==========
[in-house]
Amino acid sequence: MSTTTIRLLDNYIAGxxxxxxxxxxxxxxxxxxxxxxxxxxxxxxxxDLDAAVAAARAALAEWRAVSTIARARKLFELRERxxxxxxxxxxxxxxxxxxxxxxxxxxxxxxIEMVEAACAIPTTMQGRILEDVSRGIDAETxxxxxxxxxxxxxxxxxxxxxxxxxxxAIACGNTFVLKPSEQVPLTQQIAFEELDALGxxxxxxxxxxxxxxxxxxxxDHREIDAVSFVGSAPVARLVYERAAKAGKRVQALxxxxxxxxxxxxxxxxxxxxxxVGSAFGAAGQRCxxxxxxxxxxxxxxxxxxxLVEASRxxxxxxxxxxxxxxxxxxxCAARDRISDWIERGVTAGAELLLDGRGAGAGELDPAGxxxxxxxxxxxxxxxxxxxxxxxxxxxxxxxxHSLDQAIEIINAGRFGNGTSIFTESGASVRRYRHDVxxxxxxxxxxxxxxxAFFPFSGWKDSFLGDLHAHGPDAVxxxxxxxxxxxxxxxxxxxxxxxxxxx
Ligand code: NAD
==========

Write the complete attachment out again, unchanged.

[in-house]
Amino acid sequence: MSTTTIRLLDNYIAGxxxxxxxxxxxxxxxxxxxxxxxxxxxxxxxxDLDAAVAAARAALAEWRAVSTIARARKLFELRERxxxxxxxxxxxxxxxxxxxxxxxxxxxxxxIEMVEAACAIPTTMQGRILEDVSRGIDAETxxxxxxxxxxxxxxxxxxxxxxxxxxxAIACGNTFVLKPSEQVPLTQQIAFEELDALGxxxxxxxxxxxxxxxxxxxxDHREIDAVSFVGSAPVARLVYERAAKAGKRVQALxxxxxxxxxxxxxxxxxxxxxxVGSAFGAAGQRCxxxxxxxxxxxxxxxxxxxLVEASRxxxxxxxxxxxxxxxxxxxCAARDRISDWIERGVTAGAELLLDGRGAGAGELDPAGxxxxxxxxxxxxxxxxxxxxxxxxxxxxxxxxHSLDQAIEIINAGRFGNGTSIFTESGASVRRYRHDVxxxxxxxxxxxxxxxAFFPFSGWKDSFLGDLHAHGPDAVxxxxxxxxxxxxxxxxxxxxxxxxxxx
Ligand code: NAD